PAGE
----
July 19, 2022 (Mountain View, CA)—The U.S. government employs an array of software visualization tools across multiple space domain awareness (SDA) mission areas. These tools, which support catalog maintenance, orbit modeling, and projection assessments, are effective but are not always able to incorporate the latest technology that industry readily adopts. Improved automation, by way of artificial intelligence and machine learning (AI/ML), would reduce operator-intensive tool processing time and errors, enabling individual operators to focus on decision-making and strategy. In addition, government visualization and analysis tools are not easily shared beyond U.S. borders, which relegates international partnering and collaboration to a “desired” status rather than reality.
(Left Image) Tibco's user interface leveraging their platform called DEEP-Sight (Data Exploitation and Enhanced Processing).
To address these and other issues facing space operators, the Defense Innovation Unit’s (DIU) Global Space Innovation Project (GSIP) is prototyping two platforms for data visualization and analytics. These systems, currently under development by Tibco and ExoAnalytic, will augment the suite of government tools currently in use and enhance the SDA missions they support.
One of the top objectives of GSIP is to leverage AI/ML to gather, analyze, and visualize a global network of commercial and government, ground- and space-based sensors’ data. Another key priority of this project incorporates an open framework architecture to allow third-party capability development. These architectures are not limited to U.S. industry and GSIP will involve vendors from key U.S.-allied nations.
“Software iterates and advances so quickly that traditional DoD acquisition strategies can’t keep up. Add to this the necessary but stringent security requirements, it could be years before operators get to use new capabilities. GSIP takes advantage of DIU’s Commercial Solutions Opening to rapidly prototype software applications in a real-world, unclassified environment in months, not years. Thus, leading to faster decision-making for interested DoD and other government organizations on whether or not to adopt and progress the technology to the next stage,” said, DIU Space Portfolio Program Manager, Nate Gapp. “The companies receive constant user-feedback on their systems, allowing for better and faster iteration to adapt their commercial technology for military use.”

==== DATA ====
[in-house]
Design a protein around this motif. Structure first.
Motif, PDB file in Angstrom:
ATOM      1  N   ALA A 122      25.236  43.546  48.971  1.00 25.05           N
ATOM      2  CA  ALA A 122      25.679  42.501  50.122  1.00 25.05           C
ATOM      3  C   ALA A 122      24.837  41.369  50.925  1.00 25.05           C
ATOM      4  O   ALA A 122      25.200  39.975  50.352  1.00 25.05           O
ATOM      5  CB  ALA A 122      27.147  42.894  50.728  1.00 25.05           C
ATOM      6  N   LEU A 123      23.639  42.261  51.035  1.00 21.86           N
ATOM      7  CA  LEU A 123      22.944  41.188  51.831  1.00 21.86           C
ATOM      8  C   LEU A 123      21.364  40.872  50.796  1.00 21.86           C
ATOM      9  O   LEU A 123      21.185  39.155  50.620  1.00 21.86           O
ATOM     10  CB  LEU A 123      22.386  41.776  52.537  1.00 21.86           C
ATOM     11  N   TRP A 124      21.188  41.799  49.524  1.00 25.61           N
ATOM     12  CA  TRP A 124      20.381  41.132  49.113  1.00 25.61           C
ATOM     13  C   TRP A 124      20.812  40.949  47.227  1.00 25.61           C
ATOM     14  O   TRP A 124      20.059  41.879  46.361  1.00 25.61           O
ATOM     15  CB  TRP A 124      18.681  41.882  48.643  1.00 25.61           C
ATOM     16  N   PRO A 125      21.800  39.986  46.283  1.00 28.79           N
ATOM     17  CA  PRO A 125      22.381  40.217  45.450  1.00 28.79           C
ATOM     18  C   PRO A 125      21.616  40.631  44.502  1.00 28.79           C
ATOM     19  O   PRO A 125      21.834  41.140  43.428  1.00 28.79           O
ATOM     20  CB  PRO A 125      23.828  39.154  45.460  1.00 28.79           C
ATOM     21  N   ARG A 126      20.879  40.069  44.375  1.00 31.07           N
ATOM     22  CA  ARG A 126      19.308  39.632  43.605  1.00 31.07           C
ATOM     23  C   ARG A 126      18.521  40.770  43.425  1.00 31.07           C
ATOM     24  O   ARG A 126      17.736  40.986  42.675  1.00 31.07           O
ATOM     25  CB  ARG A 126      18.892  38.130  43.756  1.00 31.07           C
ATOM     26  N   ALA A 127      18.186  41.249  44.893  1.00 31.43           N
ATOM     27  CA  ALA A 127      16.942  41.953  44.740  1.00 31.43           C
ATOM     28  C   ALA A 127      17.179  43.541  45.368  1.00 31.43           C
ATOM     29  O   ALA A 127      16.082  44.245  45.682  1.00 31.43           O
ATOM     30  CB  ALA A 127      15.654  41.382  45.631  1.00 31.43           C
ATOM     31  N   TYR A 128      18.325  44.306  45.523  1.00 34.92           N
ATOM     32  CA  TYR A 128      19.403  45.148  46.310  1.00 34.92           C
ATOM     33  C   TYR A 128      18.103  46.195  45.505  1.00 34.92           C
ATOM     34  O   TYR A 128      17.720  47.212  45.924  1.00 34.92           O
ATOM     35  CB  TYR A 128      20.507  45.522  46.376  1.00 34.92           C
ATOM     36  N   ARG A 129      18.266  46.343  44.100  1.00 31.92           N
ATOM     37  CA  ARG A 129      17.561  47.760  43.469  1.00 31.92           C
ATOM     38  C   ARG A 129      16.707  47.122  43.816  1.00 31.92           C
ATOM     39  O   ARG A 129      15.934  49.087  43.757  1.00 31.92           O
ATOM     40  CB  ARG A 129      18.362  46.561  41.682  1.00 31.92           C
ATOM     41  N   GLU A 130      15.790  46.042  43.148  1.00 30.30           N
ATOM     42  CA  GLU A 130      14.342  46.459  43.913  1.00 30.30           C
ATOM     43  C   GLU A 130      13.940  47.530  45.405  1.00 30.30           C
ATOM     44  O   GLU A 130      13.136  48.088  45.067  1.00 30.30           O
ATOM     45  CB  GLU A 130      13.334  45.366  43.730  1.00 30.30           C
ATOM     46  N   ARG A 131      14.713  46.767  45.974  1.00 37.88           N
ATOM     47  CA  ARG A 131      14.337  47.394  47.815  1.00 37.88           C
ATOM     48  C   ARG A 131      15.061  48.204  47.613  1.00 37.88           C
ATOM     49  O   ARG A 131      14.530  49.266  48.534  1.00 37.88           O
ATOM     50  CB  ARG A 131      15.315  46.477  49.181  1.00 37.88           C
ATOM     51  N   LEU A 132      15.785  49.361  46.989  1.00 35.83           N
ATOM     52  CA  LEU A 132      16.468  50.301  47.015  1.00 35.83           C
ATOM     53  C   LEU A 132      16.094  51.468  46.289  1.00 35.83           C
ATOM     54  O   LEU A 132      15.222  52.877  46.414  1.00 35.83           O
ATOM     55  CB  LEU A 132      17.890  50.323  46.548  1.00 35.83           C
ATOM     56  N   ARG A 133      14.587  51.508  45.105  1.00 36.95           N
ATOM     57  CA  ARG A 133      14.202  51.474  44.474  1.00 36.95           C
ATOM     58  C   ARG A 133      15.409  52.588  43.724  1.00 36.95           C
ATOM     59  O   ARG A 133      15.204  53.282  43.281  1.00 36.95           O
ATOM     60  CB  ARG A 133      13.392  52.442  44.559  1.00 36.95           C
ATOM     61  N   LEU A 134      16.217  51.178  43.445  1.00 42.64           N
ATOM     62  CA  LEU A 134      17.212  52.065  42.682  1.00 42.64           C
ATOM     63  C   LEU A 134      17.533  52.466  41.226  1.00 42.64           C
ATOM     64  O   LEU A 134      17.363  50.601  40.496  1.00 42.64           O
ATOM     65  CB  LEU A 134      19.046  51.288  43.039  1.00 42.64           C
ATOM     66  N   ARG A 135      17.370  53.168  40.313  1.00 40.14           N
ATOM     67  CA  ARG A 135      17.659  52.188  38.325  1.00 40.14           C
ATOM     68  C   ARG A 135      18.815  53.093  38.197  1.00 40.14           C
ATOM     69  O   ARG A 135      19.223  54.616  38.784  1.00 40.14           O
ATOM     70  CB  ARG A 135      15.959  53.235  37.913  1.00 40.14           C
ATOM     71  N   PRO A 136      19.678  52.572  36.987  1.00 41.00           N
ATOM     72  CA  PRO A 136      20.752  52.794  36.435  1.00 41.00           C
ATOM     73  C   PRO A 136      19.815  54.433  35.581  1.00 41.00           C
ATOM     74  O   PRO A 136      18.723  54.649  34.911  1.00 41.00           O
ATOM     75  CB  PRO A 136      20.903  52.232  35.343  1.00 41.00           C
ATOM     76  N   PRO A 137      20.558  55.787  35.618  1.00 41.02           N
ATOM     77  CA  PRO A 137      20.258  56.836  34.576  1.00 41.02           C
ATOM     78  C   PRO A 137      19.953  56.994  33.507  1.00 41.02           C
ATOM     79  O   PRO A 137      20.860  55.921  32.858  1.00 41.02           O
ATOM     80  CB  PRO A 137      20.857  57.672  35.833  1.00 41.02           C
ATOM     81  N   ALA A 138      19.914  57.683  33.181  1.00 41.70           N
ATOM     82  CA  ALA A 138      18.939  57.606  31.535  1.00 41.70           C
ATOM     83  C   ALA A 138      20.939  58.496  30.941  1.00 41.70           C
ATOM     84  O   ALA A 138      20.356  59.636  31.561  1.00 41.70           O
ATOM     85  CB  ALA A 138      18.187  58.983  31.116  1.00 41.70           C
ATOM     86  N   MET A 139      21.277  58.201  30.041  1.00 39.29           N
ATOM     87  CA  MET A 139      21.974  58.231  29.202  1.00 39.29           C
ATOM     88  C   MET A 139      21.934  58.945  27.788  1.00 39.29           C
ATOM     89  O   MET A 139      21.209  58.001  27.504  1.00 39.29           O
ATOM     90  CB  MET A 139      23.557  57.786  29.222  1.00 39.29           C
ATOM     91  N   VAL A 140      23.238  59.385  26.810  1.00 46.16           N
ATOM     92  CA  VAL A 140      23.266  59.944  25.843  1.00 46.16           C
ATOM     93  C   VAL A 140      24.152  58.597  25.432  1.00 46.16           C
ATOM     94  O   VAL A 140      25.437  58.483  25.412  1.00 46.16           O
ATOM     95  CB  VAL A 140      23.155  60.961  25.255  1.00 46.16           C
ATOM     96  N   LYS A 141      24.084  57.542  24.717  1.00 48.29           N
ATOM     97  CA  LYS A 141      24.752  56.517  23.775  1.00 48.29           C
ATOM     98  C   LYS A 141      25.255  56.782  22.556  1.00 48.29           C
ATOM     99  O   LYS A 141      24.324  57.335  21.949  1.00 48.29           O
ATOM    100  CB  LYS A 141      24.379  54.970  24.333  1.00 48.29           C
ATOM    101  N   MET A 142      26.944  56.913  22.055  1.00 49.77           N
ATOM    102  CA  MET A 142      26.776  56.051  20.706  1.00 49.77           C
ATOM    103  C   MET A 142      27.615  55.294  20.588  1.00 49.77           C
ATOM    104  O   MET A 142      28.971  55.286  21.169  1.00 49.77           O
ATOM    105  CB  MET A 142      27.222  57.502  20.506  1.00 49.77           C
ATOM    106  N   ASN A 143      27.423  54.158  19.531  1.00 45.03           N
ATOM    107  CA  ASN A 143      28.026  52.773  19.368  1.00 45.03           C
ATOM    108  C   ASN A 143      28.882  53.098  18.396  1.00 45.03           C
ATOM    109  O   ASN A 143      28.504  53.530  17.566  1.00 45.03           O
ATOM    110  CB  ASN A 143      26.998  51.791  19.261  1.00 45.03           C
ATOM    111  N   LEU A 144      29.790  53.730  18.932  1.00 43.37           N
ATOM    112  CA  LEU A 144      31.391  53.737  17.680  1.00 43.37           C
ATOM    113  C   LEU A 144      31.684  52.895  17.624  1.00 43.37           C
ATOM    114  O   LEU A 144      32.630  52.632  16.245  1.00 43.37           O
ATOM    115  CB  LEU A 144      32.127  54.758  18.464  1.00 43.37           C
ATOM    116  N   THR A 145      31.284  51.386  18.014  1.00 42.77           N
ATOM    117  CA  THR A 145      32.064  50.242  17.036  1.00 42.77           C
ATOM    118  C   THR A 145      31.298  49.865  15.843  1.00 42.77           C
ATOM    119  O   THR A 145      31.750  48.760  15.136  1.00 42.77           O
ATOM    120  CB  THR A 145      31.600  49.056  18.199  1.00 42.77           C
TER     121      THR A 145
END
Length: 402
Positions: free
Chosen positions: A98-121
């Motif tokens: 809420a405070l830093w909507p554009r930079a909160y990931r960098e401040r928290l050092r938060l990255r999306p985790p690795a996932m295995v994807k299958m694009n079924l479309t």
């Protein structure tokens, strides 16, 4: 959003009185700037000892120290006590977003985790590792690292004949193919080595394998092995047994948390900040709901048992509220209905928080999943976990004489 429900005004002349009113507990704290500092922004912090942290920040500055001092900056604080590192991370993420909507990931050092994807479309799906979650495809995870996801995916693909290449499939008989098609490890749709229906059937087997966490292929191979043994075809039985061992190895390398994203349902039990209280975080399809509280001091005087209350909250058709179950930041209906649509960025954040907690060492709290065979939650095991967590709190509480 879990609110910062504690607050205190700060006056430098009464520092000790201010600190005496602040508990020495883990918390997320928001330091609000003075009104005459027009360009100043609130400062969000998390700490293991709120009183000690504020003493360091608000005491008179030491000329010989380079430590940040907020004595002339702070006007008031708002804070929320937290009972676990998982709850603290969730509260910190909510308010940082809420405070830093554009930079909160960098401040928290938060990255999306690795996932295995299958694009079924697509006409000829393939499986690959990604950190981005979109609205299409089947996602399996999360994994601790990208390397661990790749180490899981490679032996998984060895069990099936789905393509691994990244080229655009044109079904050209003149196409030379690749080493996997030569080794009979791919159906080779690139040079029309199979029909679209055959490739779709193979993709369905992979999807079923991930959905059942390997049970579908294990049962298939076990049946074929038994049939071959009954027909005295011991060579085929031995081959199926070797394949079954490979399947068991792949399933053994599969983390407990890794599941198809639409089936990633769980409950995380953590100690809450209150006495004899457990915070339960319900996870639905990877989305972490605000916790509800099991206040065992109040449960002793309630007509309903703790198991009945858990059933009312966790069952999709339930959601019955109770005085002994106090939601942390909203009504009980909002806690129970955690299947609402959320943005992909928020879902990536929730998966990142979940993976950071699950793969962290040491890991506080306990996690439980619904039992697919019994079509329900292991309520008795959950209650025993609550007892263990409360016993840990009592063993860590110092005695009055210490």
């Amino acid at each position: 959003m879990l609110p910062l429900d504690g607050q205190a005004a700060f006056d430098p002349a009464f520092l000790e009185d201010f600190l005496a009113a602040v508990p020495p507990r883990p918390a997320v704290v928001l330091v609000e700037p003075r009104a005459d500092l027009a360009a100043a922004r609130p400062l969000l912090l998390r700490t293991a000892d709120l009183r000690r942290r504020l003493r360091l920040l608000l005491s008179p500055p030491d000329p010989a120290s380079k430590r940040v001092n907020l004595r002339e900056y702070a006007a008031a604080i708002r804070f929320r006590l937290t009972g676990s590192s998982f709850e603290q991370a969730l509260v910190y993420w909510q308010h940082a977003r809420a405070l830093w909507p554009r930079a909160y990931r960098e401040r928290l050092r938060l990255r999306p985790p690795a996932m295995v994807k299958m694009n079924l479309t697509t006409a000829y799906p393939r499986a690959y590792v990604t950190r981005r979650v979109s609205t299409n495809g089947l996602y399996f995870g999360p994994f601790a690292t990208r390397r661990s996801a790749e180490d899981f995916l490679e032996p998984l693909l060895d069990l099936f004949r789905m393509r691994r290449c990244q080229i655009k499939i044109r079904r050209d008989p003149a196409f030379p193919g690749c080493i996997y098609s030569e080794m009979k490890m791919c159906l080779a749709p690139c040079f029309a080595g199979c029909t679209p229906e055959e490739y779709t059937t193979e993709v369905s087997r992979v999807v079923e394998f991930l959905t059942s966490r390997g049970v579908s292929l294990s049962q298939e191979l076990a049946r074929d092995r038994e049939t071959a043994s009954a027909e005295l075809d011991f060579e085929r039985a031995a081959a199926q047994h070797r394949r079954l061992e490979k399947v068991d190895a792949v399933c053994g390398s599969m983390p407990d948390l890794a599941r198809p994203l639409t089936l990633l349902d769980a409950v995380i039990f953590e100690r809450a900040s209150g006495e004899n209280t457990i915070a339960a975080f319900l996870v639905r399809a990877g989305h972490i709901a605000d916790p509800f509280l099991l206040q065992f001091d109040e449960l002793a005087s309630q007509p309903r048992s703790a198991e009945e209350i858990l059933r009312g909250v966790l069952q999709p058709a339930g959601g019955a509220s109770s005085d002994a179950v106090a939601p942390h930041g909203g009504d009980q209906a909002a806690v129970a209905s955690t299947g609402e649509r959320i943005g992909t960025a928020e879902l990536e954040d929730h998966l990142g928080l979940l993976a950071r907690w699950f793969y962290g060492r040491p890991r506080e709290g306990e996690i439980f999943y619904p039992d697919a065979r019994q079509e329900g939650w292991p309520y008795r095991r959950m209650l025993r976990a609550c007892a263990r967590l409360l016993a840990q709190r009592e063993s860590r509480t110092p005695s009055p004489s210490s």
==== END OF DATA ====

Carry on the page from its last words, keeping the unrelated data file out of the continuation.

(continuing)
Incorporating commercial data and services, GSIP provides the DoD with needed improvements to the accuracy and timing of the military’s aging space tracking system. This will enable the DoD to process the data in new and interesting ways for those end-users and decision makers in the field, as well as to those in Operations Centers.
“Industry is always coming up with great ideas, and that diversity of thought and approach is a strength of America and our allies,” continued Nate Gapp. “By keeping these architectures open to those bold, new ideas, both from within and outside our borders, the United States is able to keep its technological edge.”
Upon demonstration and evaluation of each prototype, the U.S. and allied governments along with the commercial sector will have software applications and platforms available for purchase. DIU is working with the Joint Task Force-Space Defense (JTF-SD) Commercial Operations cell (JCO) to demonstrate these capabilities in the upcoming Sprint Advanced Concept Training (SACT) series held in August with final demo in November.
(Left Image) ExoAnalytic’s Open Operations Rapid Technology for Data Visualization (OORT-DV) prototype framework built on the Common Analysis Engine (CAE9), which will host a series of commercially-developed Service Oriented Architecture (SOA) applications.